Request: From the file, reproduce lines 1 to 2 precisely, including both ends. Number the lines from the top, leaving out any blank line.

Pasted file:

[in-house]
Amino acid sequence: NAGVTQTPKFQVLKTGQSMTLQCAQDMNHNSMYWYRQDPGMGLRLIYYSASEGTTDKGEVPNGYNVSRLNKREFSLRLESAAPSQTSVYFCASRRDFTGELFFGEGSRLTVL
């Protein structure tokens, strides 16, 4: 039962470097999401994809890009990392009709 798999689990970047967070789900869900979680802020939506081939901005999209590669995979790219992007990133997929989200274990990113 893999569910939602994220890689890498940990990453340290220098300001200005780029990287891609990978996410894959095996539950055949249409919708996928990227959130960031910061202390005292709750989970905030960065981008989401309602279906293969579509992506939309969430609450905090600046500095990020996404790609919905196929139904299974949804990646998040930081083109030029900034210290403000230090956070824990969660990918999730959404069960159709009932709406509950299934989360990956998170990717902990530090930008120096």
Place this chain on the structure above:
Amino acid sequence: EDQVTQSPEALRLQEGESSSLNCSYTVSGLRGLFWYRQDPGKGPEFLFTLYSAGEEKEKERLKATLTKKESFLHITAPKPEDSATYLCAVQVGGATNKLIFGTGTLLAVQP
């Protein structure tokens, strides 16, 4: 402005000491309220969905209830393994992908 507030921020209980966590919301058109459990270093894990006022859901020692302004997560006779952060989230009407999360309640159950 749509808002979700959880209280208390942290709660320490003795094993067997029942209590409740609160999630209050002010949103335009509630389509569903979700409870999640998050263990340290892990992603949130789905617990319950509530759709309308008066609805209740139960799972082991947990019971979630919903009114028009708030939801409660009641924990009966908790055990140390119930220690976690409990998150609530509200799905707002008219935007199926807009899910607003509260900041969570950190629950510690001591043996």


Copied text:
[in-house]
Amino acid sequence: NAGVTQTPKFQVLKTGQSMTLQCAQDMNHNSMYWYRQDPGMGLRLIYYSASEGTTDKGEVPNGYNVSRLNKREFSLRLESAAPSQTSVYFCASRRDFTGELFFGEGSRLTVL